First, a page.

The year 2020 will forever remain a marker year in the history of the humankind with the Coronavirus dictating the terms of life on the high and the low across the globe.
The virus brought with it extreme suffering and loss, but it also fostered sharing and connection among common people who reached out to each other in support and offering help to complete strangers. The whole state, including the traditional institutions and other non government organizations rallied around the efforts of the government to lessen the impact of the lockdown.
But for Meghalaya the year 2020, even without the burden of the virus, had already begun with the promise of mayhem as the ongoing massive campaign against the controversial Citizenship Amendment Act and the demand for implementation of the Inner Line Permit regime hit the streets.
By February the frayed tempers set off a spiral of violence which led to the first major fall out with the killing of an activist belonging to the local tribe by a mob of non-tribals in the Ichamati-Shella market situated on the sensitive Indo-Bangladesh border. This was followed by, what looked like a revenge spree of several random stabbings in Iewduh, the crowded commercial heart of the capital city which left another two dead. Even in the midst of COVID-19 restrictions Bholaganj non-tribals and their associations raised the spectre of anti-Hindu persecution which triggered protests in Assam and Bengal to which Meghalaya based NGOs responded in kind. This spells trouble for the months ahead.
Not that the ruling politicians of the Meghalaya Democratic Alliance (MDA) or the bureaucracy were in any serene conditions either with the years kicking off with State’s Chief Secretary post bespattered in controversy after the State Government thought fit to post his junior, namely MS Rao, over the head of senior-most IAS of the state, Hector Marwein, who contested the government decision publicly.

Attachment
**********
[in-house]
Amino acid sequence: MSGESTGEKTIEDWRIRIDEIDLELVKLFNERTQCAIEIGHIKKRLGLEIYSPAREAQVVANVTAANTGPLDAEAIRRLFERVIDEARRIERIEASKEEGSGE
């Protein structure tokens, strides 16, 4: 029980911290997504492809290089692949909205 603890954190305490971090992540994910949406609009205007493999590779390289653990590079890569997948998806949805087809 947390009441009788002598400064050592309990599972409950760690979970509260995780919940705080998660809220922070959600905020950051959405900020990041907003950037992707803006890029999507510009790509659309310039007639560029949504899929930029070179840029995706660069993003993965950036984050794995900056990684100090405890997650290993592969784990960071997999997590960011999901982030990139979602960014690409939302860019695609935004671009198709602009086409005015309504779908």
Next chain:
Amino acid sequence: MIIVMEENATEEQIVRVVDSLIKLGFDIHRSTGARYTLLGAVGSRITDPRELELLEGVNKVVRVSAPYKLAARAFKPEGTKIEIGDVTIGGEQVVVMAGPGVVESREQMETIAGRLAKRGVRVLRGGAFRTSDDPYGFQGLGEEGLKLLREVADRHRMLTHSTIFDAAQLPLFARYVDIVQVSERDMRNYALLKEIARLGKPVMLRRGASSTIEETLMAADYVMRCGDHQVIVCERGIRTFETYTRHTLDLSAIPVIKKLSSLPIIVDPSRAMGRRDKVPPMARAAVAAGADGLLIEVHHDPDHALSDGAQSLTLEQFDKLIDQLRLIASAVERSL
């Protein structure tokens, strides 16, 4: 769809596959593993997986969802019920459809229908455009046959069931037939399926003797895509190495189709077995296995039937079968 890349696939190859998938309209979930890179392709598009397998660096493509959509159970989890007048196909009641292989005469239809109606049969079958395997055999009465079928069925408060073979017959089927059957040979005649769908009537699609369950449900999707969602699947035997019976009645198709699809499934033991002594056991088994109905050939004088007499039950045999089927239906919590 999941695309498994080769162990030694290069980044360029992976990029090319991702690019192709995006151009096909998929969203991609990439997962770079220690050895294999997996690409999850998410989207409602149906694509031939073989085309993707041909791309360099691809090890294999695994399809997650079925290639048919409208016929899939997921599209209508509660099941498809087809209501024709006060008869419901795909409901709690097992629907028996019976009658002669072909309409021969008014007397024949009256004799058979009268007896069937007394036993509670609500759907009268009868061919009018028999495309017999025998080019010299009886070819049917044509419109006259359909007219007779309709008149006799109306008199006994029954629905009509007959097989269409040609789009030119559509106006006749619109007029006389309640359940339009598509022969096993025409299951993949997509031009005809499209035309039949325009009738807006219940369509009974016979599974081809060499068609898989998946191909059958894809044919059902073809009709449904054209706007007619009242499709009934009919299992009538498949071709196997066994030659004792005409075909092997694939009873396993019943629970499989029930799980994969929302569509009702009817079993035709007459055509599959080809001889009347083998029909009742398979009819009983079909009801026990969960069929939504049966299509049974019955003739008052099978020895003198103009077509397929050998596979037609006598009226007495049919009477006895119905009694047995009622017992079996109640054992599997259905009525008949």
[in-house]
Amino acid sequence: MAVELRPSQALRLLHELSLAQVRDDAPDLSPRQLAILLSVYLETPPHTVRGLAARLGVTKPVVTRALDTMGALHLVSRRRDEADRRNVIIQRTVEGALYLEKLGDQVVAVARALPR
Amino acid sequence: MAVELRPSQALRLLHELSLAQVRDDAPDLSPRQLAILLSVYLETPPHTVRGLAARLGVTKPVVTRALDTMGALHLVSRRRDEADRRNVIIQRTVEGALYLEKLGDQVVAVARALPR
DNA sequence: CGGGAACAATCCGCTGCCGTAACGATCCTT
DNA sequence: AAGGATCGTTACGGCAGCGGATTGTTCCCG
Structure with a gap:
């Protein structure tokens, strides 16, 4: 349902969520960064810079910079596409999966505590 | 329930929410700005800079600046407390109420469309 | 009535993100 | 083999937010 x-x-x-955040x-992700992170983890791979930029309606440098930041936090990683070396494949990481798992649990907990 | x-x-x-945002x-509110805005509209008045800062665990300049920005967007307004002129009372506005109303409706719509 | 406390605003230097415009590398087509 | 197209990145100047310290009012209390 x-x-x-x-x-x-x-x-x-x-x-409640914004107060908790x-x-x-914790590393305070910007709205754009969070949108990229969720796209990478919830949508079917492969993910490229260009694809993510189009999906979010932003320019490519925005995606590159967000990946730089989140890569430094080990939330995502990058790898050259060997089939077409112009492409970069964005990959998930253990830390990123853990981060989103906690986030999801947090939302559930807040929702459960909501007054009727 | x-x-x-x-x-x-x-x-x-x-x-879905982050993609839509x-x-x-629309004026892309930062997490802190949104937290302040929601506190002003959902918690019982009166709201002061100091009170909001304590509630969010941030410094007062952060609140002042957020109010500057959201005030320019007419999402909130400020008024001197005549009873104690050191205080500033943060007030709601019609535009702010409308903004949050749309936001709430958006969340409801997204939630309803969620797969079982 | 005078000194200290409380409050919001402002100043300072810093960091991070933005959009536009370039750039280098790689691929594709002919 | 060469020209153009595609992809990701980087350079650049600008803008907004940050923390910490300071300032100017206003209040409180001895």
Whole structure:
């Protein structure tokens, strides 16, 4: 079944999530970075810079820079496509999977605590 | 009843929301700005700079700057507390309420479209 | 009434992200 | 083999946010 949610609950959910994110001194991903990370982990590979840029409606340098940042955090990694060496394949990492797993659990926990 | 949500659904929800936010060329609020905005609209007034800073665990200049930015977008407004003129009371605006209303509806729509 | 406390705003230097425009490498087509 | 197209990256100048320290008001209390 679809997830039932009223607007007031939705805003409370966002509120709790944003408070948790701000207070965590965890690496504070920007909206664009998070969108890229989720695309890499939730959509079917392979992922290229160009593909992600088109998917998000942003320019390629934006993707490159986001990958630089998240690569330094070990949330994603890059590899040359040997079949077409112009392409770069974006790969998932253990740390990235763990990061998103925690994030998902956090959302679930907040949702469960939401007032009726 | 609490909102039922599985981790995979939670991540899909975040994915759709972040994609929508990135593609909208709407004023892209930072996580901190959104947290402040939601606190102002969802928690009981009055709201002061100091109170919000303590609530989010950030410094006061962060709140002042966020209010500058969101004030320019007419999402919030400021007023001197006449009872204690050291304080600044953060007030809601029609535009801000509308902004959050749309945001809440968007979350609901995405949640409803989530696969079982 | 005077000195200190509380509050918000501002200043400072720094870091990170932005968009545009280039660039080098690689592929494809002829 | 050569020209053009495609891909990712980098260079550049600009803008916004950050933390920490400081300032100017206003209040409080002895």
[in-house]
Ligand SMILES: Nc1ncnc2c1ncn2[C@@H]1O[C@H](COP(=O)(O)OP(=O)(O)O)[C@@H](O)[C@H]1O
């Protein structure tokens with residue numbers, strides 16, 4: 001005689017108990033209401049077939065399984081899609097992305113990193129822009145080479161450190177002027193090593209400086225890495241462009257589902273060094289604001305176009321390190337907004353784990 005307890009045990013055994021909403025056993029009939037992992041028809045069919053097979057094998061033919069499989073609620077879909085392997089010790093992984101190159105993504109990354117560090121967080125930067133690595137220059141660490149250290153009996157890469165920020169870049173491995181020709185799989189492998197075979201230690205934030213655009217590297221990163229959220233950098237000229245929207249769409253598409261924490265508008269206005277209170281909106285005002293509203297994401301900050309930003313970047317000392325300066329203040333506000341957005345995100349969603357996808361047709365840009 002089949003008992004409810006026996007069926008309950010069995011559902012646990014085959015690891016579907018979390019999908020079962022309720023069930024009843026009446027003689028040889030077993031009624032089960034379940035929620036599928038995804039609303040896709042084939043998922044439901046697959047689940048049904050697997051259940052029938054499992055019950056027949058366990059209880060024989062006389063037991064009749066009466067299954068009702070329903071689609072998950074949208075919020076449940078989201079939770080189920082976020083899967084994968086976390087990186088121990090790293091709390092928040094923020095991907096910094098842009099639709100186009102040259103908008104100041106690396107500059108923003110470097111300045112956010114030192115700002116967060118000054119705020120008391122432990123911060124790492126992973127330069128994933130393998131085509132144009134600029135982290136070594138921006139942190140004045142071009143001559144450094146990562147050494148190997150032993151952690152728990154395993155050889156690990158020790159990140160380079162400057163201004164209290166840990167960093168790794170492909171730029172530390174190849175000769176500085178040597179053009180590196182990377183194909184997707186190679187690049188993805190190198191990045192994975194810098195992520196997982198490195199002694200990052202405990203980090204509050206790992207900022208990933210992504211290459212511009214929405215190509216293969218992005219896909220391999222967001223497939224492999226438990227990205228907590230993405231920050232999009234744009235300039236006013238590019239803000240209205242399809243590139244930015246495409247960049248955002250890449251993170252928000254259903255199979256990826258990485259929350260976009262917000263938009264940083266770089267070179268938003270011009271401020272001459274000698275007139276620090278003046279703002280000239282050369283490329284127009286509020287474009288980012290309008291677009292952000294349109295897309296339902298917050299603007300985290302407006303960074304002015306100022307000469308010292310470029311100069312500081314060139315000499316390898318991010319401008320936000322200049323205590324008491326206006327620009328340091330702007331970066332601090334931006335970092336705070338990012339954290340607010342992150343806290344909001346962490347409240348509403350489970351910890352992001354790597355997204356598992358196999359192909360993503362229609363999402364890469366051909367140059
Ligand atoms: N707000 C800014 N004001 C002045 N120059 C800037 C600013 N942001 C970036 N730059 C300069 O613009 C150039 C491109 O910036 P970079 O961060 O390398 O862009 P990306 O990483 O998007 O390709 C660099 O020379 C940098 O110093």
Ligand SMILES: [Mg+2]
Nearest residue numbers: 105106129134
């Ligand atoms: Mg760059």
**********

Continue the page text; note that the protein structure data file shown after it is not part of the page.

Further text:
At the moment when these things were set to snowball into a major confrontation, every other consideration was forced to the back-burner when the COVID-19 virus hit Wuhan in China and was unprecedentedly declared a global pandemic by the WHO, leading the country’s rulers to declare a lockdown in the last week of March. Everything was brought to a halt, except of course the movement of migrant workers across the country. Lakhs of them who were caught literally on the streets as their employers shut down work, so much so that thousands had to walk home as all transport was ordered off the road. Within this several thousands of Meghalayans were also caught in a jam, for which the state made preparations to bring them home. Around a lakh of them returned home.
Meghalaya recorded its first Covid death in April as founder of Bethany Hospital, Dr John L Sailo Ryntathiang succumbed to the virus. His death brought in a lot of confusion as the doctor with no travel history got infected. Questions were raised how the Coronavirus made its way into the State.
In June, the Meghalaya government was left red-faced after 41 persons from the state crossed over to Assam to attend a wedding party at Greenwood M Resort in Guwahati amidst the ban on inter-state movement. The marriage party triggered Covid concerns as those who attended the wedding party, tested positive for COVID-19.